SOAS University of London

Centre of Taiwan Studies

Taiwan’s Expansion of International Space: Opportunities and Challenges

Weichin Lee
Professor Lee Wei-chin (Wake Forest University)

Date: 26 February 2014Time: 6:00 PM

Finishes: 26 February 2014Time: 7:30 PM

Venue: Russell Square: College Buildings Room: 116

Type of Event: Special Lecture

Speaker's Bio:

Professor Wei-chin Lee has published several books, including the edited volume Taiwan’s Politics in the 21st Century (2010). His articles have appeared in various scholarly journals, such as Asian Affairs, Asian Security, Asian Survey, Journal of Asian and African Studies, Journal of Chinese Political Science, Journal of Contemporary China, Journal of Comparative Communism, Journal of Economics and International Relations, Journal of Northeast Asian Studies, Nonproliferation Review, Pacific Focus,  and World Affairs.  His teaching and research interests are foreign policy and domestic politics of China and Taiwan, US policy toward East Asia, international security, and international institutions.

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Taiwan's Expansion of International Space: Opportunities and Challenges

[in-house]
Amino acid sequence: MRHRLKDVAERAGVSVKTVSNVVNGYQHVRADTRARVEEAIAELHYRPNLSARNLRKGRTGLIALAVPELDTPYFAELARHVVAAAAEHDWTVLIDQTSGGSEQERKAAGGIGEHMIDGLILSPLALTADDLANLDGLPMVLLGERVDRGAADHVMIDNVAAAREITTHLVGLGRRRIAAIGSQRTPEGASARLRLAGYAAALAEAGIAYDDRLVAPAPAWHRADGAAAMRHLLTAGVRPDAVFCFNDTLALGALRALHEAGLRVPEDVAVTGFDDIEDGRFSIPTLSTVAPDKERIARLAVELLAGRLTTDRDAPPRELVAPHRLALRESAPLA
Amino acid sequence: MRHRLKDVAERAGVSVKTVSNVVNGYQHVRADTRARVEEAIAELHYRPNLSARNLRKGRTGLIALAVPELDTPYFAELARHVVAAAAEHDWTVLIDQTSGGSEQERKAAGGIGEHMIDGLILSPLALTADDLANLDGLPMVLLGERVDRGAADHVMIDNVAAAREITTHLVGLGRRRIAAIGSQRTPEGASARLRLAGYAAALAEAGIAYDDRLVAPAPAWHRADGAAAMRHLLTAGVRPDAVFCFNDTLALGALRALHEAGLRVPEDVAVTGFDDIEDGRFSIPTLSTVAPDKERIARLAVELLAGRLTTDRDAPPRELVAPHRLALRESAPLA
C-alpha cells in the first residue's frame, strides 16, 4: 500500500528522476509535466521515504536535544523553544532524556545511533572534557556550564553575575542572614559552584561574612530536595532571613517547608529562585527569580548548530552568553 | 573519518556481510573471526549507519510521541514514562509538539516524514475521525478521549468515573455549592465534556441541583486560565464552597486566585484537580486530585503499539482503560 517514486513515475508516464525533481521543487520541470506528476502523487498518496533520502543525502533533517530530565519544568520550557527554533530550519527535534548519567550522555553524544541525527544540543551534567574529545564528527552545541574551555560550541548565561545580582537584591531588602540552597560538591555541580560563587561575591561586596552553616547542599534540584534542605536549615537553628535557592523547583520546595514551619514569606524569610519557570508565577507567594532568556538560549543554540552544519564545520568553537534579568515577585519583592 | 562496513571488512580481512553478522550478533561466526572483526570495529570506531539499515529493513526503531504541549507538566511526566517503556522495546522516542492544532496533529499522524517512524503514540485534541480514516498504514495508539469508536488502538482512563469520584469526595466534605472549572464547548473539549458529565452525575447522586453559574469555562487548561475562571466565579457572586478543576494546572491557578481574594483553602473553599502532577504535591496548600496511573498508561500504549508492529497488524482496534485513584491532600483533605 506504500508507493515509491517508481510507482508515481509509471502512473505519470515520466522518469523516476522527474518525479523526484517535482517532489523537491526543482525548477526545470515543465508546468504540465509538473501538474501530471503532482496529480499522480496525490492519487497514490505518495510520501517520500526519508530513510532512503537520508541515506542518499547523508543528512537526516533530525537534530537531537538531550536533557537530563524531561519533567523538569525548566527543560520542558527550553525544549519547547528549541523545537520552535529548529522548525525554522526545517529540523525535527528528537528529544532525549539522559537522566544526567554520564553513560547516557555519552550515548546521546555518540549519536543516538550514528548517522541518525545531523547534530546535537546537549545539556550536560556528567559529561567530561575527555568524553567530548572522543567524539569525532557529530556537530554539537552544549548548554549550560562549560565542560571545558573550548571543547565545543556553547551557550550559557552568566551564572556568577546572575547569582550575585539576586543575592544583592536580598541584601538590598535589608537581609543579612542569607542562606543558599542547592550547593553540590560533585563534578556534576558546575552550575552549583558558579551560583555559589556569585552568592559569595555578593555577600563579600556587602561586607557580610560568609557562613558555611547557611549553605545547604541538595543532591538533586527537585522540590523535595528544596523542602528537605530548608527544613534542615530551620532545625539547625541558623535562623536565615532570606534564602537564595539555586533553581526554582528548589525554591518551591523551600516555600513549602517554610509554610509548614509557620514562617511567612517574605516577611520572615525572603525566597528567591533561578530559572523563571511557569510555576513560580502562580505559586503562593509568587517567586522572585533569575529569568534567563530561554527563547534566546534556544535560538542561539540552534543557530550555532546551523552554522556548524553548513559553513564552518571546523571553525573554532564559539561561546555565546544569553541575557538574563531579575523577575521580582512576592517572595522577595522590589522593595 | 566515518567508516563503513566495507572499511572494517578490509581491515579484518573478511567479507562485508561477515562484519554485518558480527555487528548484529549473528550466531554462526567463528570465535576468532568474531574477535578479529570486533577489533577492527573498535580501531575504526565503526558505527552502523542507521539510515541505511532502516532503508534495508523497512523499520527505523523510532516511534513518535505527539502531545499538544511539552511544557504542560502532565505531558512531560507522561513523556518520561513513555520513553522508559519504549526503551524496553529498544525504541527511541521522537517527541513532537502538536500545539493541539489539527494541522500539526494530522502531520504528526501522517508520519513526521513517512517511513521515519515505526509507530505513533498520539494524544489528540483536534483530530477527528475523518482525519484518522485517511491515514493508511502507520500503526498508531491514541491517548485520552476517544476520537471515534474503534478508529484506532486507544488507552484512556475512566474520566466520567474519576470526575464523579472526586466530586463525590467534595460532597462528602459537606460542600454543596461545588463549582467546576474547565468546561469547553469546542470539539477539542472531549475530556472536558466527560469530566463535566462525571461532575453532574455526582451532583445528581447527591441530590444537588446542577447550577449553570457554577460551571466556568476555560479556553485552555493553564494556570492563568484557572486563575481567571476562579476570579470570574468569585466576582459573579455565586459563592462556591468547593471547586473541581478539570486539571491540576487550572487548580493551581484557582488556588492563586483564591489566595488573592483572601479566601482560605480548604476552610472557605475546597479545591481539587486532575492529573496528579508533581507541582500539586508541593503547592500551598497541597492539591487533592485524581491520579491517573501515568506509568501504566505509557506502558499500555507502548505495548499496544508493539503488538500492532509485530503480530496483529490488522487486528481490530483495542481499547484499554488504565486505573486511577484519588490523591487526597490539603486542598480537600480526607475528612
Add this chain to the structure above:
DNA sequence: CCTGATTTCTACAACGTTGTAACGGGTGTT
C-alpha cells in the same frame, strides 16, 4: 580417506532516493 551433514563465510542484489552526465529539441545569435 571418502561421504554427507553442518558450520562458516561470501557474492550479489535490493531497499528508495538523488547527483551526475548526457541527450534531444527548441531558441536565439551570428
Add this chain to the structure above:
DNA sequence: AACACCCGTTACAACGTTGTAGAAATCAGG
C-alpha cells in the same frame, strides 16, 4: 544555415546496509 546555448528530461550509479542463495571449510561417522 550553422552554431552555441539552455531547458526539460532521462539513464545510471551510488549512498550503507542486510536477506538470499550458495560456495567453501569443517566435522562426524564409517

Abstract of Taiwan’s Expansion of International Space: Opportunities and Challenges:

While much is to be celebrated since Taiwan President Ma Ying-jeou's inauguration in 2008, cross-Strait relations are not without challenges. One such crucial test is Ma's call for Chinese leaders to stop isolating Taipei in the world community and give Taiwan adequate 'international space'. Because the issue strikes at the heart of the fundamental differences between Taipei's and Beijing's positions regarding the island's sovereignty, it needs to be handled carefully by both governments for better cross-Strait relations. This study analyzes the approaches adopted by both Beijing and Taipei regarding Taiwan's status in the international community. Utilizing discussion with Chinese scholars and government officials and the analysis of several waves of survey data conducted in Taiwan, it argues that Beijing's flexibility in its application of the 'one China' principle and the Ma administration's practicality in making its requests are critical to the realization of Taipei's demand for international space and hence cross-Strait stability

Organiser: Centre of Taiwan Studies

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